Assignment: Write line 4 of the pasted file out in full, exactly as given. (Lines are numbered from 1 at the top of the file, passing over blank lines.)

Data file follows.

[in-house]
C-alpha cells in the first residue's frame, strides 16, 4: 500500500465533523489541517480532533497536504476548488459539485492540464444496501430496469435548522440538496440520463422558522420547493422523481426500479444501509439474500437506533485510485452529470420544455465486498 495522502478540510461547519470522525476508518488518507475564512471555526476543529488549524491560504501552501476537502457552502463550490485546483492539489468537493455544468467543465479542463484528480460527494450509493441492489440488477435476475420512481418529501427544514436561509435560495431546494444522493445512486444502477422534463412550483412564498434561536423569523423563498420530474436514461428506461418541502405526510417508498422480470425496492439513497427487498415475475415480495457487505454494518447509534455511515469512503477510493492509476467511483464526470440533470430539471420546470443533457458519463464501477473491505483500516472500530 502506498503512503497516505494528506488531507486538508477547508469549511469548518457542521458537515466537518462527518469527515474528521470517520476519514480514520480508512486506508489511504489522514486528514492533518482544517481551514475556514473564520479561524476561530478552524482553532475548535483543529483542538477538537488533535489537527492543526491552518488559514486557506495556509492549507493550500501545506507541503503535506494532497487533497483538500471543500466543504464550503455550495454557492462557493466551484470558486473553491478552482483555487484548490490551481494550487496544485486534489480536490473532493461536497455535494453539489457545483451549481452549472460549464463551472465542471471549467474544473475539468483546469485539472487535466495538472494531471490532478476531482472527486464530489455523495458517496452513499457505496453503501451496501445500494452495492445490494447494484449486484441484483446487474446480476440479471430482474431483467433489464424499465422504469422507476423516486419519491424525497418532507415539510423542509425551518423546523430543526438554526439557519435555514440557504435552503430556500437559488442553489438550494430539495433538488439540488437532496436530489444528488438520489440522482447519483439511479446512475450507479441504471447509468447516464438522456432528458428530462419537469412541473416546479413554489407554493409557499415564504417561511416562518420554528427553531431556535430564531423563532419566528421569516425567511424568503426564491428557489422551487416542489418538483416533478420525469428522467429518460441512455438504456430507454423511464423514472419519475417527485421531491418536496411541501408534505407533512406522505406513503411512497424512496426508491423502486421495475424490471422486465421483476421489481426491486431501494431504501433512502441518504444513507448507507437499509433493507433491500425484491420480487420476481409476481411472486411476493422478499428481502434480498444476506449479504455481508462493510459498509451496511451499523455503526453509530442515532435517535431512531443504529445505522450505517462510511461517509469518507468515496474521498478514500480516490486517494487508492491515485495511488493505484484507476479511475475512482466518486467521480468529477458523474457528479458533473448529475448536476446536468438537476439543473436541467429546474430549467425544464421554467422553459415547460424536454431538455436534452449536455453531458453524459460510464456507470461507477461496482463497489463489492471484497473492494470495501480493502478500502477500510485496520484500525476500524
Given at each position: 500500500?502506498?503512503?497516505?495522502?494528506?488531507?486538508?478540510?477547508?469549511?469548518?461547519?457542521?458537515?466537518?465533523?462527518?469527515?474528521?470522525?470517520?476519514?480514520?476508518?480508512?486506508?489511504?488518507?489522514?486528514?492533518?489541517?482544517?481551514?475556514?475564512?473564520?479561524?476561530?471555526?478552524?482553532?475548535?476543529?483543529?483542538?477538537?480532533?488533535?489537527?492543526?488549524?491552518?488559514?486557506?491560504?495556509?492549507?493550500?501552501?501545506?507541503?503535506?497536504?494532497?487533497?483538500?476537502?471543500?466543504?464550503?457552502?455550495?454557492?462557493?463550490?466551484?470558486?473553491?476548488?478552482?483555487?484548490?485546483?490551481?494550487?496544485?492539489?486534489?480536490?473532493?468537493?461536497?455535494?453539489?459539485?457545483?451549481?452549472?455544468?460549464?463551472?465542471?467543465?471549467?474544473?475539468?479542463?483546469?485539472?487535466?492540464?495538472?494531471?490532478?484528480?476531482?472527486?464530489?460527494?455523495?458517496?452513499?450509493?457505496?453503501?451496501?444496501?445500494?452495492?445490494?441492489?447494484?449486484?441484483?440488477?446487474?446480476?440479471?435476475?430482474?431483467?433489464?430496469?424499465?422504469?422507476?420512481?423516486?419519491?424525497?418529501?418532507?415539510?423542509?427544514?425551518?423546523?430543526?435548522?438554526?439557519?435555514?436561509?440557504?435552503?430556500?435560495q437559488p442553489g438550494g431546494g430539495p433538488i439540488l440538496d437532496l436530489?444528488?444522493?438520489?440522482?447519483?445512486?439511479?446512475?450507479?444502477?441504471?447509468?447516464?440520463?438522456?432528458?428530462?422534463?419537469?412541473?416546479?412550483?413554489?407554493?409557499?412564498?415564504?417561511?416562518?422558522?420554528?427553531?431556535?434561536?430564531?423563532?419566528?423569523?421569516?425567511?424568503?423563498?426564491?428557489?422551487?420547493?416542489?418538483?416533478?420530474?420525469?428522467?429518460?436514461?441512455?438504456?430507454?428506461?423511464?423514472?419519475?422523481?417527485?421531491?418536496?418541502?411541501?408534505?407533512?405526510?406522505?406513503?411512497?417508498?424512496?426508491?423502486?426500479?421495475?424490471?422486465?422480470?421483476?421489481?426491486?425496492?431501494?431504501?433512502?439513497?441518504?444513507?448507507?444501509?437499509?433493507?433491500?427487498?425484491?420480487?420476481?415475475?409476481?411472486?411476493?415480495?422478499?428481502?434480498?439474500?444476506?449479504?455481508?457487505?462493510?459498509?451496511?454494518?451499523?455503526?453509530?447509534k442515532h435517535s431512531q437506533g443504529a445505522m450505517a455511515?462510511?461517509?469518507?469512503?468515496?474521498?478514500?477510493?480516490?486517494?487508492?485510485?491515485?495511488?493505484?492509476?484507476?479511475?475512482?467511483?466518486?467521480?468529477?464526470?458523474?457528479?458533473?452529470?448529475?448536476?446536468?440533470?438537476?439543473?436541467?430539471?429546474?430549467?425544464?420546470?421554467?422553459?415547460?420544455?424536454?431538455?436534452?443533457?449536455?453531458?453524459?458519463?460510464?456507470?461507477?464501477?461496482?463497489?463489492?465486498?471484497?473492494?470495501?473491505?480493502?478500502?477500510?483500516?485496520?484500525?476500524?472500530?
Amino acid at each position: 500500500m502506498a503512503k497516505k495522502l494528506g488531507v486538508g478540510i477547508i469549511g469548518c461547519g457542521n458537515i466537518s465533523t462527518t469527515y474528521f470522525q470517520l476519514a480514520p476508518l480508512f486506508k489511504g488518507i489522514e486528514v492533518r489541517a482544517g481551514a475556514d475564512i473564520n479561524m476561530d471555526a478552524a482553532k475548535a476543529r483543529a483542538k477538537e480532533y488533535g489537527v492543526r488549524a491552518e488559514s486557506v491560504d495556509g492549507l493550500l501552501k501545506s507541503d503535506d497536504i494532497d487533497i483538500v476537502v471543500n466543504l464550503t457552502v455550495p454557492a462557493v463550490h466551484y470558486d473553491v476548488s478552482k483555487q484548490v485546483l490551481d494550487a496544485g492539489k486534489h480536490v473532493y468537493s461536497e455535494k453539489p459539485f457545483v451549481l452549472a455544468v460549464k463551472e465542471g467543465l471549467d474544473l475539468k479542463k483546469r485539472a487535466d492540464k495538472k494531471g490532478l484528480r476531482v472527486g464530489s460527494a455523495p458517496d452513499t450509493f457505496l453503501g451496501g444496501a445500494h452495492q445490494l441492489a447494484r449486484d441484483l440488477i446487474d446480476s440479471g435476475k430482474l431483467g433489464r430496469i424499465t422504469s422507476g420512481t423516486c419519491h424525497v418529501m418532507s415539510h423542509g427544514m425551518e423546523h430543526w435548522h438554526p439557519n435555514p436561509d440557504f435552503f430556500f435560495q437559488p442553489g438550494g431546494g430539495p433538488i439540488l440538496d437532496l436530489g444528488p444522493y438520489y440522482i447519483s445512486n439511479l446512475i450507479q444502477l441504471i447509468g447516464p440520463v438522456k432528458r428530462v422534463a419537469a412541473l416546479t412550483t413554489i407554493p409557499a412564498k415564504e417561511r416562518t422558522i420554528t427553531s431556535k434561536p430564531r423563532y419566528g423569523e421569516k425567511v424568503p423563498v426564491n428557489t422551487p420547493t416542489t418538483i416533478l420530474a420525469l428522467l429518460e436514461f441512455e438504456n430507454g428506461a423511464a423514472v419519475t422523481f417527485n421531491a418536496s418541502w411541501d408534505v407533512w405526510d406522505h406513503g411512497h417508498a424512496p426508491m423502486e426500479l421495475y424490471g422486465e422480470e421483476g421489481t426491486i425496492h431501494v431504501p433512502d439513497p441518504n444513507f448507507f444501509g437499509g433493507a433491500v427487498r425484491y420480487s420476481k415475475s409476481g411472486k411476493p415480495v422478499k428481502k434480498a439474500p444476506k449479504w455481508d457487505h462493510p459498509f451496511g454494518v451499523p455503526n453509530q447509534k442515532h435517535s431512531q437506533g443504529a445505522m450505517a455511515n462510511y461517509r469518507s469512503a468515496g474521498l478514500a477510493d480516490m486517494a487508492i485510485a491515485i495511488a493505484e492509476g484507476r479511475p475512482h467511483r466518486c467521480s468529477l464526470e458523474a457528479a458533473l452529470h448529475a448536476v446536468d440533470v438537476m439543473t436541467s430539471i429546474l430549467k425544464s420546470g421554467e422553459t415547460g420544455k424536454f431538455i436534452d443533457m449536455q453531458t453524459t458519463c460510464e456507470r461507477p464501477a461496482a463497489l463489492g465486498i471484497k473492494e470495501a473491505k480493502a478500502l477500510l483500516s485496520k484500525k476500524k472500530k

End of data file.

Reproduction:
Amino acid at each position: 500500500m502506498a503512503k497516505k495522502l494528506g488531507v486538508g478540510i477547508i469549511g469548518c461547519g457542521n458537515i466537518s465533523t462527518t469527515y474528521f470522525q470517520l476519514a480514520p476508518l480508512f486506508k489511504g488518507i489522514e486528514v492533518r489541517a482544517g481551514a475556514d475564512i473564520n479561524m476561530d471555526a478552524a482553532k475548535a476543529r483543529a483542538k477538537e480532533y488533535g489537527v492543526r488549524a491552518e488559514s486557506v491560504d495556509g492549507l493550500l501552501k501545506s507541503d503535506d497536504i494532497d487533497i483538500v476537502v471543500n466543504l464550503t457552502v455550495p454557492a462557493v463550490h466551484y470558486d473553491v476548488s478552482k483555487q484548490v485546483l490551481d494550487a496544485g492539489k486534489h480536490v473532493y468537493s461536497e455535494k453539489p459539485f457545483v451549481l452549472a455544468v460549464k463551472e465542471g467543465l471549467d474544473l475539468k479542463k483546469r485539472a487535466d492540464k495538472k494531471g490532478l484528480r476531482v472527486g464530489s460527494a455523495p458517496d452513499t450509493f457505496l453503501g451496501g444496501a445500494h452495492q445490494l441492489a447494484r449486484d441484483l440488477i446487474d446480476s440479471g435476475k430482474l431483467g433489464r430496469i424499465t422504469s422507476g420512481t423516486c419519491h424525497v418529501m418532507s415539510h423542509g427544514m425551518e423546523h430543526w435548522h438554526p439557519n435555514p436561509d440557504f435552503f430556500f435560495q437559488p442553489g438550494g431546494g430539495p433538488i439540488l440538496d437532496l436530489g444528488p444522493y438520489y440522482i447519483s445512486n439511479l446512475i450507479q444502477l441504471i447509468g447516464p440520463v438522456k432528458r428530462v422534463a419537469a412541473l416546479t412550483t413554489i407554493p409557499a412564498k415564504e417561511r416562518t422558522i420554528t427553531s431556535k434561536p430564531r423563532y419566528g423569523e421569516k425567511v424568503p423563498v426564491n428557489t422551487p420547493t416542489t418538483i416533478l420530474a420525469l428522467l429518460e436514461f441512455e438504456n430507454g428506461a423511464a423514472v419519475t422523481f417527485n421531491a418536496s418541502w411541501d408534505v407533512w405526510d406522505h406513503g411512497h417508498a424512496p426508491m423502486e426500479l421495475y424490471g422486465e422480470e421483476g421489481t426491486i425496492h431501494v431504501p433512502d439513497p441518504n444513507f448507507f444501509g437499509g433493507a433491500v427487498r425484491y420480487s420476481k415475475s409476481g411472486k411476493p415480495v422478499k428481502k434480498a439474500p444476506k449479504w455481508d457487505h462493510p459498509f451496511g454494518v451499523p455503526n453509530q447509534k442515532h435517535s431512531q437506533g443504529a445505522m450505517a455511515n462510511y461517509r469518507s469512503a468515496g474521498l478514500a477510493d480516490m486517494a487508492i485510485a491515485i495511488a493505484e492509476g484507476r479511475p475512482h467511483r466518486c467521480s468529477l464526470e458523474a457528479a458533473l452529470h448529475a448536476v446536468d440533470v438537476m439543473t436541467s430539471i429546474l430549467k425544464s420546470g421554467e422553459t415547460g420544455k424536454f431538455i436534452d443533457m449536455q453531458t453524459t458519463c460510464e456507470r461507477p464501477a461496482a463497489l463489492g465486498i471484497k473492494e470495501a473491505k480493502a478500502l477500510l483500516s485496520k484500525k476500524k472500530k